The rebel returnees flown to Manila for a dinner with President Rodrigo Duterte are “impostors” masquerading as former communist rebels, exiled Communist Party of the Philippines (CPP) Jose Maria “Joma” Sison said on Friday.
The so-called former fighters from the New People’s Army (NPA), the CPP’s armed wing, are either only “close relatives” of barangay (village) officials or soldiers “in civilian clothes.”
“I have been informed that the first and second batches of the so-called NPA surrenderees or rebel returnees, presented to Duterte by his military and barangay officials, are all fake,” Sison said in a statement.
“These impostors are close relatives of barangay officials and soldiers in civilian clothes. They are into the charade for the junket to Manila,” he added.
On Tuesday, about 241 former communist rebels were flown from Davao City to Manila for them to dine with President Duterte at Malacañang.
According to the military’s Eastern Mindanao Command, most of the former communist gunmen were from the provinces of Compostela Valley and Davao del Norte.
The supposedly former rebels were welcomed by Armed Forces chief Gen. Rey Leonardo Guerrero at Camp Aguinaldo in Quezon City on Wednesday.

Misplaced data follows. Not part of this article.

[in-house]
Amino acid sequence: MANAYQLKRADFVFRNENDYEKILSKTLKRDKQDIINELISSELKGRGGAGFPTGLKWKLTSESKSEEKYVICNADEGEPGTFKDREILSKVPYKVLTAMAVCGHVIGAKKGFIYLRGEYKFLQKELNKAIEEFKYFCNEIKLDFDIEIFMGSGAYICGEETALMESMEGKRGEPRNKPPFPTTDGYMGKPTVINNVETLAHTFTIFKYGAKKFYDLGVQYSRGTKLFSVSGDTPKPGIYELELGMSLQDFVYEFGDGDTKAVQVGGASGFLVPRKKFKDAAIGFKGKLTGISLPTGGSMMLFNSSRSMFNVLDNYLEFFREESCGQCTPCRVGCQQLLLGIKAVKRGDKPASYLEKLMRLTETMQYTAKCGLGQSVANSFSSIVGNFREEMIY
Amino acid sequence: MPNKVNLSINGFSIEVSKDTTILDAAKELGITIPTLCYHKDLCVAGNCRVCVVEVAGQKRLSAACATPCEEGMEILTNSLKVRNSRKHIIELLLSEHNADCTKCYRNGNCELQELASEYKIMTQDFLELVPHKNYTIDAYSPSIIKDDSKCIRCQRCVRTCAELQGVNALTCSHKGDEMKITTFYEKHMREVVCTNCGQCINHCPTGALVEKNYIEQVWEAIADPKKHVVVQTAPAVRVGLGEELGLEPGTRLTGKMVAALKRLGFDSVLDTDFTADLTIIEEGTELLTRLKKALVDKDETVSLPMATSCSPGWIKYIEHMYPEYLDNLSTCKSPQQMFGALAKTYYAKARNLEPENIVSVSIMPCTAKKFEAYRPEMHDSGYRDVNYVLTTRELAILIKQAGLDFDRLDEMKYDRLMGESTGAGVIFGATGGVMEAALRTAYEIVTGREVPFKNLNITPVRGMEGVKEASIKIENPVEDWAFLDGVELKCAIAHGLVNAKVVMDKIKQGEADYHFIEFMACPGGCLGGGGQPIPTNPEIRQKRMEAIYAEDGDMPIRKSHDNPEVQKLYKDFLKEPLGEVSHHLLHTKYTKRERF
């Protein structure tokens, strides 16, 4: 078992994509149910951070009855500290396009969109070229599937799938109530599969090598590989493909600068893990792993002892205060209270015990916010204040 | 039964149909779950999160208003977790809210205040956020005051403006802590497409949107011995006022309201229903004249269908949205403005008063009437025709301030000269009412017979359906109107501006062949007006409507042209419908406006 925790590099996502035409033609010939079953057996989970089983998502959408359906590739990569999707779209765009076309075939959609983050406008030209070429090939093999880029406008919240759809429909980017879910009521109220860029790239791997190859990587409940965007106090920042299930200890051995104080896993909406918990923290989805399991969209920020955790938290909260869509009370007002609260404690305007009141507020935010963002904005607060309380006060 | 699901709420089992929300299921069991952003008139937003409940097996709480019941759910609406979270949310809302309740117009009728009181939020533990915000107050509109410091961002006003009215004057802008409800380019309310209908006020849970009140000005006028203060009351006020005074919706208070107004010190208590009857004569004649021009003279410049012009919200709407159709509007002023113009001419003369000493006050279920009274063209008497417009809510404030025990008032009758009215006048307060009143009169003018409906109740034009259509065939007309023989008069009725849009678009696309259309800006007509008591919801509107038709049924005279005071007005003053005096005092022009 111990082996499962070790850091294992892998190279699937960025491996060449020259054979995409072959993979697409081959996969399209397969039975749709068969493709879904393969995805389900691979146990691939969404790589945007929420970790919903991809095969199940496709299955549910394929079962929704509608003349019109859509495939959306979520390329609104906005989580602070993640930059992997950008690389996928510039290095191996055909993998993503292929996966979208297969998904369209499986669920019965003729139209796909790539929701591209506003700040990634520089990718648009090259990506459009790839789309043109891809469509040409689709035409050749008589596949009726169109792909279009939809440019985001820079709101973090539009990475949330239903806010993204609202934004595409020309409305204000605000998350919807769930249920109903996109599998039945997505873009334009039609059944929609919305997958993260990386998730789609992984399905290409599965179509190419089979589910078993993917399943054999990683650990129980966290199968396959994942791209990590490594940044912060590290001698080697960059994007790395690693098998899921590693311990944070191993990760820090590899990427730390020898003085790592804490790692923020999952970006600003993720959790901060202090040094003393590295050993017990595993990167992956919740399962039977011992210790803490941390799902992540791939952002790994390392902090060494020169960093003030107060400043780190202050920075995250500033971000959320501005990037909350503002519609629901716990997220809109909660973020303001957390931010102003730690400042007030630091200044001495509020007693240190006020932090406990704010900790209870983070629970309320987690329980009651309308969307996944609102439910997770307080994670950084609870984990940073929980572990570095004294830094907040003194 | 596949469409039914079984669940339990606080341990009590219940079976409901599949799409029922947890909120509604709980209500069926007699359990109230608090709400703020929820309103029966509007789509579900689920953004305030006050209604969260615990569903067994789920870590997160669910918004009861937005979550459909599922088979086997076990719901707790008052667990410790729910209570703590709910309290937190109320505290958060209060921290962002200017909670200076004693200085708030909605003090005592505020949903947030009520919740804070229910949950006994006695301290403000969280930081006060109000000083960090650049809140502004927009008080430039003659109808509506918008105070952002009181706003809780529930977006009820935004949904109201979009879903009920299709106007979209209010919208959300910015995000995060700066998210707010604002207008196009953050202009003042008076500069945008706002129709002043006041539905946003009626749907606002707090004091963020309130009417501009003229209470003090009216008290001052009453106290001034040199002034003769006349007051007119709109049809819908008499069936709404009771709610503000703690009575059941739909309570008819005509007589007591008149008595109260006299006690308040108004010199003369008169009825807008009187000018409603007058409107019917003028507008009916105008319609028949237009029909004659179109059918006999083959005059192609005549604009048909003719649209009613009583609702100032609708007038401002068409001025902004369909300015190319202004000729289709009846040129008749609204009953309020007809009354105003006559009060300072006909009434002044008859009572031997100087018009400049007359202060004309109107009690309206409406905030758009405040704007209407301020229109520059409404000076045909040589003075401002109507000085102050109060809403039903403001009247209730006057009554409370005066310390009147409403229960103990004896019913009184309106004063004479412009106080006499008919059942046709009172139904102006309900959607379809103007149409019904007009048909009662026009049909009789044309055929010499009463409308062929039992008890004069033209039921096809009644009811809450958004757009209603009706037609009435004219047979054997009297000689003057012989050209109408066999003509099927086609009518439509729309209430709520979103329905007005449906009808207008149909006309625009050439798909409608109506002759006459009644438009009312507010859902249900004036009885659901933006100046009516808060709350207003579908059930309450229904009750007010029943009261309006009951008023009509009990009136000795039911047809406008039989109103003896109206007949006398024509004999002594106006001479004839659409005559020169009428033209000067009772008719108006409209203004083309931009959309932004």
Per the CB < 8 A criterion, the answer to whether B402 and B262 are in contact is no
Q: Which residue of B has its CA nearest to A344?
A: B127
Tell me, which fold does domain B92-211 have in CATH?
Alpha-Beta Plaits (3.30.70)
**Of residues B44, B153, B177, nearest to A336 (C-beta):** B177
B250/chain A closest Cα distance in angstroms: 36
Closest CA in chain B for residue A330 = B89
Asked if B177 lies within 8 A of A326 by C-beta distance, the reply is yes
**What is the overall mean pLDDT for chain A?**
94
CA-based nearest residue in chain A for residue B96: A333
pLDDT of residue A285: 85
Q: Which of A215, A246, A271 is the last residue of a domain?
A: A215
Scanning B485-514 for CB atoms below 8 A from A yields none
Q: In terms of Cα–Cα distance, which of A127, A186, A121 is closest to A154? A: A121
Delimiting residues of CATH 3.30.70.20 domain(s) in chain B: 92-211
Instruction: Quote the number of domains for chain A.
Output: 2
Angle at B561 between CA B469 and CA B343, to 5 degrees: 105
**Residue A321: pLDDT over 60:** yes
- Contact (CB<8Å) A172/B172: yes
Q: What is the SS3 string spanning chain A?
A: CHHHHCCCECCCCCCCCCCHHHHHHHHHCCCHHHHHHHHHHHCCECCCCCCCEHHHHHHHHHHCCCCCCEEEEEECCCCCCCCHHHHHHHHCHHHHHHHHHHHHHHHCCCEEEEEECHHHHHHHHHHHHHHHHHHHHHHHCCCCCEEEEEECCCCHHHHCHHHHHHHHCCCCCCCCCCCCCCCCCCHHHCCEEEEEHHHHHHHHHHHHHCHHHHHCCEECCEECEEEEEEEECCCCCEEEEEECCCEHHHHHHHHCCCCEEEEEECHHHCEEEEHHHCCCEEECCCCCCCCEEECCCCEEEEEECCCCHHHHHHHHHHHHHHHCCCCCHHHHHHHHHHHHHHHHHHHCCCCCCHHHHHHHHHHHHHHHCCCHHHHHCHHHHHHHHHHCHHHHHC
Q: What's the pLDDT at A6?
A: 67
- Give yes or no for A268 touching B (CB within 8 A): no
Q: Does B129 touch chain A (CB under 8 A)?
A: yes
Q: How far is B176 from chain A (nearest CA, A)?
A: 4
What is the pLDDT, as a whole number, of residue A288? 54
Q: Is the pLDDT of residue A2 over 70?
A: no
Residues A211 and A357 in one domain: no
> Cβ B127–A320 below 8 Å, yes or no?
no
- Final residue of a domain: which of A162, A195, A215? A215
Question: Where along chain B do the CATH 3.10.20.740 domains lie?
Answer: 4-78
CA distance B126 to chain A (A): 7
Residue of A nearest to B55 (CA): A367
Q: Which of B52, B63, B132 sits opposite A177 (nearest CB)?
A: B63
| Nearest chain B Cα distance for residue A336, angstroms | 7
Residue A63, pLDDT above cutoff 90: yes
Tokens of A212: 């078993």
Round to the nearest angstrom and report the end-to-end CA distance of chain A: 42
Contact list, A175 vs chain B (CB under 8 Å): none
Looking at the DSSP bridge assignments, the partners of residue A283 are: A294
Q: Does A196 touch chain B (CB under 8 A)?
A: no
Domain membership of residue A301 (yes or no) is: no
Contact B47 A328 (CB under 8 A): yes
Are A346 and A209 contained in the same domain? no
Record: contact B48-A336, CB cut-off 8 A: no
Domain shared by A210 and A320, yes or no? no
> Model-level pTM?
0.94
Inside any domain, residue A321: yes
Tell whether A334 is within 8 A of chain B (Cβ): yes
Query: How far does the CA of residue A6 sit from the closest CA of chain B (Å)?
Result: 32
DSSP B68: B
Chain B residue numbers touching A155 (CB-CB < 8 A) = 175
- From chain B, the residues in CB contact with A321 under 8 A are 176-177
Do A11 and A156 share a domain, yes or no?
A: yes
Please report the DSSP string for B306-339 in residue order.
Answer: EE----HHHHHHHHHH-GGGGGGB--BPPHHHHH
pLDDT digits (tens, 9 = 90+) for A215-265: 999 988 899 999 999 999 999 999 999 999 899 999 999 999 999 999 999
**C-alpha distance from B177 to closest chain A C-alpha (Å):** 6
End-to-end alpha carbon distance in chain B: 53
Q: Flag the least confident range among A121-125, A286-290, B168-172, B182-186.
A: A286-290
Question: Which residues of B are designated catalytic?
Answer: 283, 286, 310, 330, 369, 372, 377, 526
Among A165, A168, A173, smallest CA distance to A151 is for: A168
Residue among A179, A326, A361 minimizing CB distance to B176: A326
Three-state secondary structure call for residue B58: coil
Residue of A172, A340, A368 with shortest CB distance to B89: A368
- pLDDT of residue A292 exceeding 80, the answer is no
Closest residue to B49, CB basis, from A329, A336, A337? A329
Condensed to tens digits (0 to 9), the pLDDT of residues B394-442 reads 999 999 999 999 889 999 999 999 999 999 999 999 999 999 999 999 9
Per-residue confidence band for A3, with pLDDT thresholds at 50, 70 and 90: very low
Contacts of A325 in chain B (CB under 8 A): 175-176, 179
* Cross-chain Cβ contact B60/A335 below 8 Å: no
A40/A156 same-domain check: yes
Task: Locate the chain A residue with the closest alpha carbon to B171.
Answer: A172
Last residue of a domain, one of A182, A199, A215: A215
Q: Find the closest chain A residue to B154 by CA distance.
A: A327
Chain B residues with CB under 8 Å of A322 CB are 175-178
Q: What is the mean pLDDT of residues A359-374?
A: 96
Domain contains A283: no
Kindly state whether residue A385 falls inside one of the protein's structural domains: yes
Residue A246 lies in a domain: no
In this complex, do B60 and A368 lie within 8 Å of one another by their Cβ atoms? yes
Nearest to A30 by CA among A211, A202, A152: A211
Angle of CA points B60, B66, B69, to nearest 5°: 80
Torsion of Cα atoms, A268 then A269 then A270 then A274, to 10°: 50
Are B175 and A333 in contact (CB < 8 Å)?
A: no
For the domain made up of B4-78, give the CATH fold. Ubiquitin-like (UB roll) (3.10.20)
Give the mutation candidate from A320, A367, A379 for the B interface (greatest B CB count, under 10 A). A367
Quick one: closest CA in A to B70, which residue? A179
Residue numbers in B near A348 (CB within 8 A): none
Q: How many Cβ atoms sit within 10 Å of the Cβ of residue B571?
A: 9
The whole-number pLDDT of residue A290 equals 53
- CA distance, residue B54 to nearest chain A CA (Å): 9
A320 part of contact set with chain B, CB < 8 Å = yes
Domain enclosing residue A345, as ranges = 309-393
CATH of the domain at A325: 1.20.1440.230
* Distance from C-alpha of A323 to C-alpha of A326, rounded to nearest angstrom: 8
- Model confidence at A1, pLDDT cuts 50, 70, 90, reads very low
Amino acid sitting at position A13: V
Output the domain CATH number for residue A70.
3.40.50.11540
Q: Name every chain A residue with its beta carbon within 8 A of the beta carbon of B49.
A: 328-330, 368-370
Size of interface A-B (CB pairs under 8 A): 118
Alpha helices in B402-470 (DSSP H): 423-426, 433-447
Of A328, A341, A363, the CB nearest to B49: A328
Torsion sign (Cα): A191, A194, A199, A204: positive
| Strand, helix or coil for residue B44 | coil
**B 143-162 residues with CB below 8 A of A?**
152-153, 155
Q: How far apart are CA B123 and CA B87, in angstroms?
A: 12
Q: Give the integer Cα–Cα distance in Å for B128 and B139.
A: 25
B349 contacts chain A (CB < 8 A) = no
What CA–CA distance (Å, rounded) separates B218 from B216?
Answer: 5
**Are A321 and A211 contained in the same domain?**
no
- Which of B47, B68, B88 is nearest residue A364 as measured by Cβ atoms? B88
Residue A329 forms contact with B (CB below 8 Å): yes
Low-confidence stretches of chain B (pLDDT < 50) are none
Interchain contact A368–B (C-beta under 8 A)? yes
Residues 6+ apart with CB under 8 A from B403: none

Sison said Duterte and the military’s “psywar agents” have engaged in the “discredited trick of conjuring the illusion of breaking up the revolutionary movement.”
“Duterte is daydreaming if he thinks he can entice the NPA commanders and fighters to go home and thus break up the NPA with his offer of money, housing and skills training,” he added.
Sison noted that members of the revolution do not join the NPA just to get “handouts” from the enemy.
“And they are perfectly well at home with the people in the guerrilla fronts to which they are assigned,” he said.
The communist leader slammed the President for insulting leaders of the NPA and fighters for saying that they have no choice but to wage war with government security forces, calling Duterte “ignorant” for not knowing the armed rebel group.
“The NPA is not only a fighting force for the people’s democratic revolution but also an educational and cultural force, a force for carrying out the social and economic programs of the revolutionary movement,” Sison explained.
In July last year, Duterte canceled peace negotiations with the Left led by the National Democratic Front (NDF), an umbrella group composed of the CPP and the NPA, among others.
The termination stemmed from the NPA ambush of a convoy of the Presidential Security Group at Arakan, North Cotabato.
But Sison renewed his call to Duterte to reconsider his decision to scrap the peace talks with the NDF if the President wants “lasting peace in the Philippines.”
“Through the peace negotiations, the necessary social, economic and political reforms can be negotiated and agreed upon by the GRP [Government of the Republic of the Philippines] and the NDF,” he said.
“But the problem with Duterte is his mania for unlimited power and wealth and his lack of sincere interest in the realization of the people’s clamor for genuine national independence, democracy, social justice, economic development, cultural progress and durable peace,” Sison added.